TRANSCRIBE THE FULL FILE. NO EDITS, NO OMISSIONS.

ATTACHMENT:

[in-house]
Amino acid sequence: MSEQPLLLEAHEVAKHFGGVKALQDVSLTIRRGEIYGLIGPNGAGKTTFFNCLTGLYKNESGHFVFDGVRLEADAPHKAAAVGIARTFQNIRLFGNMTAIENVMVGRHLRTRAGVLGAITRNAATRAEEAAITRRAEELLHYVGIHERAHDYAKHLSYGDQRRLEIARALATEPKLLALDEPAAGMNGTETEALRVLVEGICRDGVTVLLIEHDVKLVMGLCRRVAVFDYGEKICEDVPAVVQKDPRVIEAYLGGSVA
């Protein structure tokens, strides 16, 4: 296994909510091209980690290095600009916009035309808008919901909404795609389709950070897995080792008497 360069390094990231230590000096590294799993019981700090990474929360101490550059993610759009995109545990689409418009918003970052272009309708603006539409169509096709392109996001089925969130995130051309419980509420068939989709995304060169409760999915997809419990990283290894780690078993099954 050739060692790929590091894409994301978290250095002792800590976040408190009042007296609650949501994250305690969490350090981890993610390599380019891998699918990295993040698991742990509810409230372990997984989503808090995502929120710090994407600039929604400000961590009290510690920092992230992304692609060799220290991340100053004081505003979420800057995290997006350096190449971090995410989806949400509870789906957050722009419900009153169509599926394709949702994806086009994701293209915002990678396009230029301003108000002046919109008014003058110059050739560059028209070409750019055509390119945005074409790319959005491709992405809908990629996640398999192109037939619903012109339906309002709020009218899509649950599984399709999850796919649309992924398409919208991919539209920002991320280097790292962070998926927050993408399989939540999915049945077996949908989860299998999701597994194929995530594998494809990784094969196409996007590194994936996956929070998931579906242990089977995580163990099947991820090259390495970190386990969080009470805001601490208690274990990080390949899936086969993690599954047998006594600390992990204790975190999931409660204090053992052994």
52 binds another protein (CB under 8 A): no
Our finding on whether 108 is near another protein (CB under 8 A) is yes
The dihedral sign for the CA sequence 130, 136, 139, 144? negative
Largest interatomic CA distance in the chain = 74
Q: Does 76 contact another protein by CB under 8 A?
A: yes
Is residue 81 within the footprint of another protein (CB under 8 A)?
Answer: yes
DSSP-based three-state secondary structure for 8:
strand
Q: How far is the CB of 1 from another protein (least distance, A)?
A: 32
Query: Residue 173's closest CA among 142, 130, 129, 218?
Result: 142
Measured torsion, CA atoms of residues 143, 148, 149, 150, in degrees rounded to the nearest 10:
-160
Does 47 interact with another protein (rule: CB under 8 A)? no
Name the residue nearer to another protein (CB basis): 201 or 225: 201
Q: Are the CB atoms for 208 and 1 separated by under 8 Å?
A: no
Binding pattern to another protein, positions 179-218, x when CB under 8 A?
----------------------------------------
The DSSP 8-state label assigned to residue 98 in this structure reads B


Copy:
[in-house]
Amino acid sequence: MSEQPLLLEAHEVAKHFGGVKALQDVSLTIRRGEIYGLIGPNGAGKTTFFNCLTGLYKNESGHFVFDGVRLEADAPHKAAAVGIARTFQNIRLFGNMTAIENVMVGRHLRTRAGVLGAITRNAATRAEEAAITRRAEELLHYVGIHERAHDYAKHLSYGDQRRLEIARALATEPKLLALDEPAAGMNGTETEALRVLVEGICRDGVTVLLIEHDVKLVMGLCRRVAVFDYGEKICEDVPAVVQKDPRVIEAYLGGSVA
């Protein structure tokens, strides 16, 4: 296994909510091209980690290095600009916009035309808008919901909404795609389709950070897995080792008497 360069390094990231230590000096590294799993019981700090990474929360101490550059993610759009995109545990689409418009918003970052272009309708603006539409169509096709392109996001089925969130995130051309419980509420068939989709995304060169409760999915997809419990990283290894780690078993099954 050739060692790929590091894409994301978290250095002792800590976040408190009042007296609650949501994250305690969490350090981890993610390599380019891998699918990295993040698991742990509810409230372990997984989503808090995502929120710090994407600039929604400000961590009290510690920092992230992304692609060799220290991340100053004081505003979420800057995290997006350096190449971090995410989806949400509870789906957050722009419900009153169509599926394709949702994806086009994701293209915002990678396009230029301003108000002046919109008014003058110059050739560059028209070409750019055509390119945005074409790319959005491709992405809908990629996640398999192109037939619903012109339906309002709020009218899509649950599984399709999850796919649309992924398409919208991919539209920002991320280097790292962070998926927050993408399989939540999915049945077996949908989860299998999701597994194929995530594998494809990784094969196409996007590194994936996956929070998931579906242990089977995580163990099947991820090259390495970190386990969080009470805001601490208690274990990080390949899936086969993690599954047998006594600390992990204790975190999931409660204090053992052994």
52 binds another protein (CB under 8 A): no
Our finding on whether 108 is near another protein (CB under 8 A) is yes
The dihedral sign for the CA sequence 130, 136, 139, 144? negative
Largest interatomic CA distance in the chain = 74
Q: Does 76 contact another protein by CB under 8 A?
A: yes
Is residue 81 within the footprint of another protein (CB under 8 A)?
Answer: yes
DSSP-based three-state secondary structure for 8:
strand
Q: How far is the CB of 1 from another protein (least distance, A)?
A: 32
Query: Residue 173's closest CA among 142, 130, 129, 218?
Result: 142
Measured torsion, CA atoms of residues 143, 148, 149, 150, in degrees rounded to the nearest 10:
-160
Does 47 interact with another protein (rule: CB under 8 A)? no
Name the residue nearer to another protein (CB basis): 201 or 225: 201
Q: Are the CB atoms for 208 and 1 separated by under 8 Å?
A: no
Binding pattern to another protein, positions 179-218, x when CB under 8 A?
----------------------------------------
The DSSP 8-state label assigned to residue 98 in this structure reads B